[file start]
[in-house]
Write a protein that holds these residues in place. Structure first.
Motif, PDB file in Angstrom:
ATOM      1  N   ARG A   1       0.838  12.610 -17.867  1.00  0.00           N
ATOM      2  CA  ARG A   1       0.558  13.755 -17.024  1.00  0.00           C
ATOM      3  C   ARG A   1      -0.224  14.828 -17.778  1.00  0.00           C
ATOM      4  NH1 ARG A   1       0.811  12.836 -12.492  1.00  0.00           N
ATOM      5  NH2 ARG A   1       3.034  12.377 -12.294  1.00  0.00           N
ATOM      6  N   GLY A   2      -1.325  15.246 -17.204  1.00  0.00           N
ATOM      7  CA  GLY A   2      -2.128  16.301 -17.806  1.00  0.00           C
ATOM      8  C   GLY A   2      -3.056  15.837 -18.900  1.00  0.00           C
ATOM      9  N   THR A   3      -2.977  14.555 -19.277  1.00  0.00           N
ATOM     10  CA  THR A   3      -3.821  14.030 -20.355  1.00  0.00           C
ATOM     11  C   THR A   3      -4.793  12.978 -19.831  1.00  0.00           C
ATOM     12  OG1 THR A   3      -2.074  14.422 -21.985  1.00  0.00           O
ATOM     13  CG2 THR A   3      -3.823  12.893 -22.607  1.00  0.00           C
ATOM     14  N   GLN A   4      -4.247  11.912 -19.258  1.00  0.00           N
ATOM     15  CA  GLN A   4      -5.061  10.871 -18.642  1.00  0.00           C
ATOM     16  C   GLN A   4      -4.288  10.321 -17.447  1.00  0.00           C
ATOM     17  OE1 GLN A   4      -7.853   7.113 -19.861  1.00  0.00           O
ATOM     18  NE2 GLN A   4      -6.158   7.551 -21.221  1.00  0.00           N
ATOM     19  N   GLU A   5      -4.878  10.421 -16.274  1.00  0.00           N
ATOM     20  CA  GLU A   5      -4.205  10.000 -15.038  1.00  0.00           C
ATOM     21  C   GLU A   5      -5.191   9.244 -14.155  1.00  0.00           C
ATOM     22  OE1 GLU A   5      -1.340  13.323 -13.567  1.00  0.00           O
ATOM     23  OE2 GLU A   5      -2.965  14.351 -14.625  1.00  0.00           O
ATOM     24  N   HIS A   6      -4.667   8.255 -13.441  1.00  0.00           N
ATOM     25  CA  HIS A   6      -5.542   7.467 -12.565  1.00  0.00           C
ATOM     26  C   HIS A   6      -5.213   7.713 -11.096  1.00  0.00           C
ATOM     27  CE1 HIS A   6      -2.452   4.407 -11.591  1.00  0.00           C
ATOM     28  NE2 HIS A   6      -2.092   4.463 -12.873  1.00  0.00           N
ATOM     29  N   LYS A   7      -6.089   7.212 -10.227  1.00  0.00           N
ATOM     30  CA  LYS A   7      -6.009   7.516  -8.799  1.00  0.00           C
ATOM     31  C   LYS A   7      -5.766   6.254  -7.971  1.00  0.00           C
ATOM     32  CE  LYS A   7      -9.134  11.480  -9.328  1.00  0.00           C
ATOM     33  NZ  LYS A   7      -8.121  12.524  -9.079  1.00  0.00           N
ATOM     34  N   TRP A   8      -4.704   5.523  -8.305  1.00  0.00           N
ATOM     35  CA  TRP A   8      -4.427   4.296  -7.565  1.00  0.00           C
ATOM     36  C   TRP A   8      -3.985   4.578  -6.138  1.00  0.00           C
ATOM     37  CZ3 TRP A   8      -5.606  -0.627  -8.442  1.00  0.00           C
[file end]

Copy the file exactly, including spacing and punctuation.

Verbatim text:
[in-house]
Write a protein that holds these residues in place. Structure first.
Motif, PDB file in Angstrom:
ATOM      1  N   ARG A   1       0.838  12.610 -17.867  1.00  0.00           N
ATOM      2  CA  ARG A   1       0.558  13.755 -17.024  1.00  0.00           C
ATOM      3  C   ARG A   1      -0.224  14.828 -17.778  1.00  0.00           C
ATOM      4  NH1 ARG A   1       0.811  12.836 -12.492  1.00  0.00           N
ATOM      5  NH2 ARG A   1       3.034  12.377 -12.294  1.00  0.00           N
ATOM      6  N   GLY A   2      -1.325  15.246 -17.204  1.00  0.00           N
ATOM      7  CA  GLY A   2      -2.128  16.301 -17.806  1.00  0.00           C
ATOM      8  C   GLY A   2      -3.056  15.837 -18.900  1.00  0.00           C
ATOM      9  N   THR A   3      -2.977  14.555 -19.277  1.00  0.00           N
ATOM     10  CA  THR A   3      -3.821  14.030 -20.355  1.00  0.00           C
ATOM     11  C   THR A   3      -4.793  12.978 -19.831  1.00  0.00           C
ATOM     12  OG1 THR A   3      -2.074  14.422 -21.985  1.00  0.00           O
ATOM     13  CG2 THR A   3      -3.823  12.893 -22.607  1.00  0.00           C
ATOM     14  N   GLN A   4      -4.247  11.912 -19.258  1.00  0.00           N
ATOM     15  CA  GLN A   4      -5.061  10.871 -18.642  1.00  0.00           C
ATOM     16  C   GLN A   4      -4.288  10.321 -17.447  1.00  0.00           C
ATOM     17  OE1 GLN A   4      -7.853   7.113 -19.861  1.00  0.00           O
ATOM     18  NE2 GLN A   4      -6.158   7.551 -21.221  1.00  0.00           N
ATOM     19  N   GLU A   5      -4.878  10.421 -16.274  1.00  0.00           N
ATOM     20  CA  GLU A   5      -4.205  10.000 -15.038  1.00  0.00           C
ATOM     21  C   GLU A   5      -5.191   9.244 -14.155  1.00  0.00           C
ATOM     22  OE1 GLU A   5      -1.340  13.323 -13.567  1.00  0.00           O
ATOM     23  OE2 GLU A   5      -2.965  14.351 -14.625  1.00  0.00           O
ATOM     24  N   HIS A   6      -4.667   8.255 -13.441  1.00  0.00           N
ATOM     25  CA  HIS A   6      -5.542   7.467 -12.565  1.00  0.00           C
ATOM     26  C   HIS A   6      -5.213   7.713 -11.096  1.00  0.00           C
ATOM     27  CE1 HIS A   6      -2.452   4.407 -11.591  1.00  0.00           C
ATOM     28  NE2 HIS A   6      -2.092   4.463 -12.873  1.00  0.00           N
ATOM     29  N   LYS A   7      -6.089   7.212 -10.227  1.00  0.00           N
ATOM     30  CA  LYS A   7      -6.009   7.516  -8.799  1.00  0.00           C
ATOM     31  C   LYS A   7      -5.766   6.254  -7.971  1.00  0.00           C
ATOM     32  CE  LYS A   7      -9.134  11.480  -9.328  1.00  0.00           C
ATOM     33  NZ  LYS A   7      -8.121  12.524  -9.079  1.00  0.00           N
ATOM     34  N   TRP A   8      -4.704   5.523  -8.305  1.00  0.00           N
ATOM     35  CA  TRP A   8      -4.427   4.296  -7.565  1.00  0.00           C
ATOM     36  C   TRP A   8      -3.985   4.578  -6.138  1.00  0.00           C
ATOM     37  CZ3 TRP A   8      -5.606  -0.627  -8.442  1.00  0.00           C